Gina Kolata in the New York Times, July 13, 2004

In July, 2004, the New York Times reported that Federal health officials had lowered the optimal levels for low density liquid proteins (LDL’s: the ‘bad’ cholesterol) for people at moderately high risk for heart disease. The report recommends that millions of Americans who previously thought their cholesterol levels were fine should now start drug therapy. The new recommendations call for those with high risk for heart disease to get their LDL’s below 100, a drop of 30 points from the previous recommended level of 130. Those at moderately high risk should seriously consider lowering LDL’s to below 100, using medication, the report said.

The recommendations were published today in the journal Circulation and endorsed by the National Heart, Lung and Blood Institute, the American Heart Association, and the American College of Cardiology. The authors said the change was prompted by data from five recent clinical trials indicating that the current cholesterol goals were not aggressive enough and that more intense drug treatment led to better results. The recommendations, which modify guidelines set by the government only two and a half years ago, will increase by a few million the number of Americans who meet the criteria for therapy with the powerful cholesterol-reducing drugs called statins, and many people who are already taking the medications will be advised to increase their doses.

Perhaps the report’s most surprising recommendation concerns the goal that doctors might set for LDL levels in their patients at highest risk, those with established heart disease plus another condition like diabetes, smoking, high blood pressure, or a recent heart attack. For those patients, the report said, there is a therapeutic option to drive the LDL level to a breathtakingly low level – below 70 . . . It will not be an easy goal to achieve, heart disease experts said.

Dr. Scott M. Grundy of the University of Texas Southwestern Medical School at Dallas, the lead author of the new report, said, “A standard dose of statins gets most people close to 100.If you are going to get from there down to 70, you have to take a high dose of statins,” Dr. Grundy said, “which still might not get you there.”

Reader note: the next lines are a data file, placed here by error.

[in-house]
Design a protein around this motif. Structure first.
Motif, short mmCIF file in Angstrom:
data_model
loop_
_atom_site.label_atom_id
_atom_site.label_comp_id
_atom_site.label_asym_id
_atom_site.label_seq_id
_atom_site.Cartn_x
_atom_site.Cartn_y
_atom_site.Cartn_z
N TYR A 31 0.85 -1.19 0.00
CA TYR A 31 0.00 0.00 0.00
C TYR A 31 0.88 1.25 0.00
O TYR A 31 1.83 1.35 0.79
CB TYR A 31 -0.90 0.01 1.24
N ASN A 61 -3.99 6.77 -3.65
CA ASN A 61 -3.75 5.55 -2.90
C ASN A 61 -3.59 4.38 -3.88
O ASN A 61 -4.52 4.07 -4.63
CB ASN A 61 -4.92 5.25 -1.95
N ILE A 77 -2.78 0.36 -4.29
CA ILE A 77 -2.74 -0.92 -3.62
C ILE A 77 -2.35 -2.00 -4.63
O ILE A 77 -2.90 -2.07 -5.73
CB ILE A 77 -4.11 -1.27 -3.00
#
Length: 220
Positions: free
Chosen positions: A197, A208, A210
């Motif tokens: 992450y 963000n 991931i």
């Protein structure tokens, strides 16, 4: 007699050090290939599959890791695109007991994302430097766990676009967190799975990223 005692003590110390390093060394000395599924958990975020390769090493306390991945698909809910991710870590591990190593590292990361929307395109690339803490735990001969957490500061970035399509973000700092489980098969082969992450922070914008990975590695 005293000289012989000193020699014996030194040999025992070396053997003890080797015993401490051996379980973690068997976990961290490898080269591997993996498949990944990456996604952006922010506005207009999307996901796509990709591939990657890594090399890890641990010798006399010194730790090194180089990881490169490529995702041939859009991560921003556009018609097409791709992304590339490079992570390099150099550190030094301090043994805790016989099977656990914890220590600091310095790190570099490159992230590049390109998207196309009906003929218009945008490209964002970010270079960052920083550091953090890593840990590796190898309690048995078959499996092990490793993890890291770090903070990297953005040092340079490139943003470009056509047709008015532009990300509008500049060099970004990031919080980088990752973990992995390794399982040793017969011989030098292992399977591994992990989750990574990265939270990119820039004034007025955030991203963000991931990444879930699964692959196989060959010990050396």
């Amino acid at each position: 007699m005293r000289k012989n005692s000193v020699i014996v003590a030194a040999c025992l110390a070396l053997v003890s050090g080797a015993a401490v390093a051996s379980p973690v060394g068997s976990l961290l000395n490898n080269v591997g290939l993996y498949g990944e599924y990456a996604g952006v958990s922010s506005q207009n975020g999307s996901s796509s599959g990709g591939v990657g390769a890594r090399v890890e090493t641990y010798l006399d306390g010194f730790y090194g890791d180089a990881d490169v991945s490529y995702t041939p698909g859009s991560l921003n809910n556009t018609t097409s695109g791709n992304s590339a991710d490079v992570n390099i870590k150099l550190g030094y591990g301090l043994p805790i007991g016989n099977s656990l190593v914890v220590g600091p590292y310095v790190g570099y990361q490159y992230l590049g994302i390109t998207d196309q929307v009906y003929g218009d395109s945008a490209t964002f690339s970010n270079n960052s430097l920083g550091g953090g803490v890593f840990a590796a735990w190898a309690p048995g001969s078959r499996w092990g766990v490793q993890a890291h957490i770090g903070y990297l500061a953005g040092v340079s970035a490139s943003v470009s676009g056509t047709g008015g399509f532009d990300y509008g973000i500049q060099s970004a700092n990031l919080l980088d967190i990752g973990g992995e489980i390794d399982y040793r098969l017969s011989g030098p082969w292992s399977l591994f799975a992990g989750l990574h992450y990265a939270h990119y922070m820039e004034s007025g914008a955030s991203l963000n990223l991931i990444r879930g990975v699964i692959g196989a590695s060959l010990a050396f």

Dr. Valentin Fuster, director of the Cardiovascular Institute at the Mount Sinai School of Medicine in New York, predict that the optimal levels for LDL cholesterol will go lower still. Several clinical trials now under way are expected to provide even stronger evidence of the value of intense cholesterol lowering, Dr. Fuster and others said. Dr. Fuster added that in the future even LDL levels of 70 will seem too high for those at greatest risk.

“I can predict that the guidelines will be modified to be more and more aggressive and it will happen in the next three years, if not earlier,” Dr. Fuster said.


Kath Bartlett MS, LAc

I am frequently asked if Traditional Chinese Medicine (TCM: acupuncture, Chinese herbs and dietary therapy) can lower blood lipid, or cholesterol, levels. This is tricky issue in Chinese medicine because high cholesterol is a silent disease, meaning there are no presenting symptoms. Western medicine insists on lowering cholesterol because the increased arterial plaque associated with high cholesterol causes heart disease and strokes.

However, there are studies that show high lipid (fat) levels are only fifty percent predictive of whether a person might get heart disease. A landmark, National Institutes of Health study, called the Women’s Health Initiative (published in the February 8, 2006 issue of JAMA, the Journal of the American Medical Association) stunned the medical establishment by finding that a low-fat diet has no effect on reducing the risk of getting cancer or heart disease. The eight year study compared 49,000 women. Those assigned to a low-fat had the same rates of heart attacks, strokes, breast and colon cancer as those who did not.1 Though one might expect those on the low-fat diet to lose weight, the study found that each group weighed about the same and had no difference in diabetes rates, insulin or blood sugar levels. Though LDL’s were slightly higher in the higher-fat group, “the levels were not high enough to make a noticeable difference in their risk of heart disease.”2

One might consider high cholesterol a symptom of how a person has led his/her life: Has s/he maintained a healthy lifestyle? It’s difficult to make up for 50-60 years of poor dietary choices and lack of exercise.